Thomas Boylston Adams to John Adams
The Hague December 20th: 1794.
My dear Sir.
The rumor’s of peace have almost totally subsided; those still in circulation deserve as little credit, as they generally receive. The hope is still cherished, and even encouraged by the Government here, merely to silence the importunate demands of many of its adherents. In a former letter I mentioned the report then current, that a cessation of hostilities had been agreed to, by the armies in this neighborhood.1 The occasion of this rumor, which was premature, was the actual suspension of military movements on either side, for the space of four weeks, but the subsequent activity of the french in renewing with the utmost vigor their martial operations, seems to determine the error of the report. On the 11th: instt: aided by an impenetrable fogg, the french army under General Pichegru attempted to take the City of Mentz by assault five times repeated, but each with the same ill success. At the same time there was an ineffectual effort to cross the Waal in three different places, but they were every where repulsed. Their decided superiority of force must shortly surmount this obstacle, which will compel the British Troops to evacuate this territory somehow or other.
As a consequence of the cessation of peaceful rumors, the prospect of another campaign becomes the order of the day.
That the combination will be diminished, either by the obtainment of peace, which the ruling power in the National Convention has avowed itself disposed to grant to all but Great Britain, or by actual conquest on the part of France, is the general belief. But the last effort is yet to be made, and without almost miraculous intervention, it must terminate like all that have preceded, in disgrace, accumulated oppression, & final defeat.
The latest intelligence from Paris, brings the account of the fresh triumph of Moderateism, as it is called over the Jacobin faction, in the decree of Accusation against Carrier. It passed the Convention almost unanimously, and like many other unanimous votes, numbers who gave it their sanction, have signed their own death warrants.2 No system will or can be permanent, having Moderation for its basis, while there exists a faction, determined on its destruction, & willing to risque their own existence on the issue. “Almost any man,” says Dr Priestly, and every other observing mind, “may command the life of another, if he make no difficulty in sacrificing his own.”3 The factions in france, are but an aggregate comment upon this fact. I know not what purpose in the order of creation, these Millions of human Sacrifice are ordained to answer. If they should eventually teach wisdom to mankind, and induce them to impose the proper checks upon their passions, the end will be in some degree porportioned by its salutary effects, to the desperate, & melancholy operation of the means. But that experience is dearly bought, which threatens anihilation in the attainment.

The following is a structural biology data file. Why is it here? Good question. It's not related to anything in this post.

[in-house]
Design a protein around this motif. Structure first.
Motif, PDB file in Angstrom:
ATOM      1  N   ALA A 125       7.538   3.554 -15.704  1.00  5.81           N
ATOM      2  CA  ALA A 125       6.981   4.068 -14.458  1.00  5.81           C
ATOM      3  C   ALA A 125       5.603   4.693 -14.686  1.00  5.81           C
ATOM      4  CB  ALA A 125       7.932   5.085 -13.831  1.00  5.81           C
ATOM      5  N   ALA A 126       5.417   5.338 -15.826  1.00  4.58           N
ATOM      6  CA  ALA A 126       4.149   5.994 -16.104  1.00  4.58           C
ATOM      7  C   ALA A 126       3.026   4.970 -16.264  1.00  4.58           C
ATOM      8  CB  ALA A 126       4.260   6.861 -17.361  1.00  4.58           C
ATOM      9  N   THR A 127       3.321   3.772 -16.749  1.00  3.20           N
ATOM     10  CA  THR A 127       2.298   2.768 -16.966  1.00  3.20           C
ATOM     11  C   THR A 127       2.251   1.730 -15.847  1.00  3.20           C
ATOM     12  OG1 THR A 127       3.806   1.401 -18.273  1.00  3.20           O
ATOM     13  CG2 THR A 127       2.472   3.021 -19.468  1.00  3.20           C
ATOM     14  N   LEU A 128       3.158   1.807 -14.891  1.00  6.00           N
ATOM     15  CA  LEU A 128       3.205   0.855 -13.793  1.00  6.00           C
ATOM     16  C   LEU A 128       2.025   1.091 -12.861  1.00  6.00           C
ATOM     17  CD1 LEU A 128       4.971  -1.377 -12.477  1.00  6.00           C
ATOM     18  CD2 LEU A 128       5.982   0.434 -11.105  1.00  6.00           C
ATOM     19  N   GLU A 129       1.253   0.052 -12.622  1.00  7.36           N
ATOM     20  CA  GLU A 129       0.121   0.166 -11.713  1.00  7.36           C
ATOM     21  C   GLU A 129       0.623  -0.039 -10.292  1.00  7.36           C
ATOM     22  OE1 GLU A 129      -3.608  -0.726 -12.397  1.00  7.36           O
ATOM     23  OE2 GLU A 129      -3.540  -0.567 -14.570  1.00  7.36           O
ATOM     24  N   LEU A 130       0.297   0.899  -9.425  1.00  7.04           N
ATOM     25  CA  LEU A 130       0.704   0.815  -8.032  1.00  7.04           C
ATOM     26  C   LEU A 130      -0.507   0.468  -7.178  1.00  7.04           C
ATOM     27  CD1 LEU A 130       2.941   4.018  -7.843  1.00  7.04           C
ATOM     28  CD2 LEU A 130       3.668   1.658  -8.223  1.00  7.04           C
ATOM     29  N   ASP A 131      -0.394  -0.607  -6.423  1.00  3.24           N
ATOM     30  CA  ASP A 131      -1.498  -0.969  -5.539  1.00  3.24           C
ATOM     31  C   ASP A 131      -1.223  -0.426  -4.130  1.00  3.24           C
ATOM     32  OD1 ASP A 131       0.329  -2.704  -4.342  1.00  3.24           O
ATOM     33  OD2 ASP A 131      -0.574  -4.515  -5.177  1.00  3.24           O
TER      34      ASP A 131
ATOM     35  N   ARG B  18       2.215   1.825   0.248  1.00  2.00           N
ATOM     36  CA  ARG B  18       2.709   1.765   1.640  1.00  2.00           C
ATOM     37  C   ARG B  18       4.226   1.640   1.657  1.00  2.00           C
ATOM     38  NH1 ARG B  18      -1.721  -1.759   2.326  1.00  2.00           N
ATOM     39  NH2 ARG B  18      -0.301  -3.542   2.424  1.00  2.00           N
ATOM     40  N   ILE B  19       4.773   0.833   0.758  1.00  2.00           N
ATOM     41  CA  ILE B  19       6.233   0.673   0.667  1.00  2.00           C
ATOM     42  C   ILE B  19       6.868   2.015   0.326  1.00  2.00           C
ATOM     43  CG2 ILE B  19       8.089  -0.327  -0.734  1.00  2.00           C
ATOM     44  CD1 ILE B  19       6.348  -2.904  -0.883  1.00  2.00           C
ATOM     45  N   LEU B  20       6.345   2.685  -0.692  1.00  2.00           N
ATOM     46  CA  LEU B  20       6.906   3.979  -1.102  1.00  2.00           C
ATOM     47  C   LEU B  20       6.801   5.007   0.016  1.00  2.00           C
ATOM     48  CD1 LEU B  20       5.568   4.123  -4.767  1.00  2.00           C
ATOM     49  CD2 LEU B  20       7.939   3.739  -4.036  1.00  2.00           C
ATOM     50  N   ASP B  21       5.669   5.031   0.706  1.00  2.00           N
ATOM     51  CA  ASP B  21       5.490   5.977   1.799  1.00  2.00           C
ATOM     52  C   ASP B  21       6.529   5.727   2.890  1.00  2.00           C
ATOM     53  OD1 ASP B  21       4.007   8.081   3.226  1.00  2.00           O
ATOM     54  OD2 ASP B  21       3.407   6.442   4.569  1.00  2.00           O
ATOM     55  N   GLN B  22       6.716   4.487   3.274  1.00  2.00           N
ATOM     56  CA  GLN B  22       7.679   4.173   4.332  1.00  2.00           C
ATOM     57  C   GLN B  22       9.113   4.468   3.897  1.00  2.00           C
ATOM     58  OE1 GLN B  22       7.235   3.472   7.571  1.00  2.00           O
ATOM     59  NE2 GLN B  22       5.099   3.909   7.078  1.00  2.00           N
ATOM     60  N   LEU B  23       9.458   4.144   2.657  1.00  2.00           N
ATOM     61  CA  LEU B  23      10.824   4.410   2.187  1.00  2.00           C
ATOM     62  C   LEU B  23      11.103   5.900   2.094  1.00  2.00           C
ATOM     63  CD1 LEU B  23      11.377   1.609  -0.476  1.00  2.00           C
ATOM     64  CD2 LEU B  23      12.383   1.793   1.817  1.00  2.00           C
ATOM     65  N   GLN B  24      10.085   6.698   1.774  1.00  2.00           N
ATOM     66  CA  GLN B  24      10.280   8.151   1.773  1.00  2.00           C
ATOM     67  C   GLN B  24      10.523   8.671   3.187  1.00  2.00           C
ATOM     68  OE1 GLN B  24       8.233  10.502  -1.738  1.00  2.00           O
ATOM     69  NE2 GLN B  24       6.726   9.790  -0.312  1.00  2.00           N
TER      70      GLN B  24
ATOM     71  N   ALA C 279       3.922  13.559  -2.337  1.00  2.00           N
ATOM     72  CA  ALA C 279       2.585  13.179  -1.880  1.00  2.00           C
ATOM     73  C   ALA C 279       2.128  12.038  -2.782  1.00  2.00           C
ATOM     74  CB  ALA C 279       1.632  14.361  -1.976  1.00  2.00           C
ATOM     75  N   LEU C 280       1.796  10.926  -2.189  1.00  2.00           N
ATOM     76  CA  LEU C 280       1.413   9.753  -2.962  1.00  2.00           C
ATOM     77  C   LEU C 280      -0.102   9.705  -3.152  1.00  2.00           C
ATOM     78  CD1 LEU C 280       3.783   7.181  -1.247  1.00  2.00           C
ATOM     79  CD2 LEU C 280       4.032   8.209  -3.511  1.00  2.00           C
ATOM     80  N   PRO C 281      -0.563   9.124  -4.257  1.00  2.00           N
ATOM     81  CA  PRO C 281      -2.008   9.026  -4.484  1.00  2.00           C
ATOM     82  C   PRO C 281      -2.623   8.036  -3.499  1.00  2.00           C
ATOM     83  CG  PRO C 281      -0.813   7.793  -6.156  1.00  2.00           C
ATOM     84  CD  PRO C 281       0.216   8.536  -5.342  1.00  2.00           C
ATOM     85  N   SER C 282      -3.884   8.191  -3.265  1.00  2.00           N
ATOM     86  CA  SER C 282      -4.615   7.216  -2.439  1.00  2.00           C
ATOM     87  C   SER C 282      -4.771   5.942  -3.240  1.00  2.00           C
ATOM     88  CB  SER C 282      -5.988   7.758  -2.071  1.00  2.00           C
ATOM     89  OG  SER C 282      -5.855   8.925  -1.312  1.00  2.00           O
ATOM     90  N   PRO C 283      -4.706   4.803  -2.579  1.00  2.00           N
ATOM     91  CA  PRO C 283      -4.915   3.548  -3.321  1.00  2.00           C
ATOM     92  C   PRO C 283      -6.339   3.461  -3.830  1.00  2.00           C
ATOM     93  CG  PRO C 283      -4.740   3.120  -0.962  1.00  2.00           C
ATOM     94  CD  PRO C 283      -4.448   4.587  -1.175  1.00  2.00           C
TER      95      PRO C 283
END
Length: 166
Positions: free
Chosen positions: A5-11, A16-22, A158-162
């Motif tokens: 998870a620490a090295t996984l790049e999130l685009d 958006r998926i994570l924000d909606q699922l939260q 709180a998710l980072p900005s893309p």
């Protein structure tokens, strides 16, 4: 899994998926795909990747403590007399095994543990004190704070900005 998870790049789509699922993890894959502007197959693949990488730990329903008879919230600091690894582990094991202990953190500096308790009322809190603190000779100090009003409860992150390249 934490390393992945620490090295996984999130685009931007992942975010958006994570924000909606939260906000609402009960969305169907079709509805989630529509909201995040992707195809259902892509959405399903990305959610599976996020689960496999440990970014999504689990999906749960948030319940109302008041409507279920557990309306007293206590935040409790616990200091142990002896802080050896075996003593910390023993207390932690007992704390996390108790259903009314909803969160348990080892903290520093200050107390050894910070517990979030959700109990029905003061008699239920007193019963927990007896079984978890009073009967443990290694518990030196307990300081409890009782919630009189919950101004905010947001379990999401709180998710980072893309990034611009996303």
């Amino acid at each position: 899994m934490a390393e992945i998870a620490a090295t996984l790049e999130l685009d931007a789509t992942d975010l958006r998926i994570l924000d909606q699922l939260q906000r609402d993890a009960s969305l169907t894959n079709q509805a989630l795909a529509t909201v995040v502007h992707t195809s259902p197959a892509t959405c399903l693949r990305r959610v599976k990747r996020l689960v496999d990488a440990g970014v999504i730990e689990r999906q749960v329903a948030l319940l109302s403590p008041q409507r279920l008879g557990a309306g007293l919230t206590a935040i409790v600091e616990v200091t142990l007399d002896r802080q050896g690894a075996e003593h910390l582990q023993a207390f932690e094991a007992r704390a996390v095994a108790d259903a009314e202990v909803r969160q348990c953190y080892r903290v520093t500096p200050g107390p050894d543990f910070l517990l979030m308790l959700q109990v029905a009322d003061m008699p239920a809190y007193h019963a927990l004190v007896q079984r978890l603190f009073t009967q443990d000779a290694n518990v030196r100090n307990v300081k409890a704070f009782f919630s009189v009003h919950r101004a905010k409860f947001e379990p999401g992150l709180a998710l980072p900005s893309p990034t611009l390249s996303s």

I have hitherto omitted to give you a detail of our private pursuits and occupations. It is necessary occasionally to be a little garrulous about oneself. For the most part, our time is spent in domestic retirement. Bellona has expelled the Muses & the Graces from the public, & we are induced to hold converse with them only in private.4 My Brother has purchased something of a Library, by attending Public Sales, which are frequent in this place; this affords us occasional relaxation from Official functions, and we hope e’re long to be tolerably skilled in Diplomatic mysteries.
I begin to find the french language tolerably familiar to me. I cannot speak it with fluency, but shall not fail to make myself master of it in time. The little knowledge I had acquired of the German, has proved of some utility, I can make myself understood in this language better than any other but my own, as yet; though the occasions for using it are seldom.
The Country, & particularly the Cities I have yet seen, are beyond my expectations in point of magnificence. The Inhabitants, like all money making people, are more attentive to the main chance than social intercourse; but I have no reason to complain of a failure of hospitality towards us. The Climate has not yet impaired my health, but I have seen two or three frightful foggs, thick enough to disseminate agues in abundance. I adhere as much as possible to the regimen of exercise, but am not always at liesure to pursue it. I am not the less convinced of its necessity, and shall proportion my efforts to persevere, to the exigency of the Climate.
I take the liberty to enclose to your care, three numbers of the Leyden Gazette,5 and to request that after reading them your self, you will be good enough to dispatch them to my brother Charles at New York. I hope he will be as punctual in the performance of his engagement, as I endeavor to be in discharging mine.
I also enclose a letter for Mr Ingersoll, which you will oblige me by sending to him.6
With a proper share of filial affection & duty / I remain / your Son
Thomas B Adams.
RC (Adams Papers); internal address: “The Vice President, &ca”; endorsed: “T. B. Adams. Decr. 20 / The Hague.”
1. Not found.
2. Jean Baptiste Carrier (1756–1794), a French lawyer and member of the National Convention, had been responsible for various atrocities while suppressing counterrevolutionaries in Brittany and Nantes in 1793–1794 during the Jacobin reign. He was tried, found guilty, and guillotined on 16 Dec. (Bosher, French Rev., description begins J. F. Bosher, The French Revolution, New York, 1988. description ends p. xxix).
3. Joseph Priestley, Lectures on History, and General Policy, Birmingham, Eng., 1788, Lecture LVI, p. 441.
4. Bellona was the Roman goddess of war (Oxford Classical Dicy. description begins Simon Hornblower and Antony Spawforth, eds., The Oxford Classical Dictionary, 3d edn., New York, 1996. description ends ).
5. Not found.
6. Not found.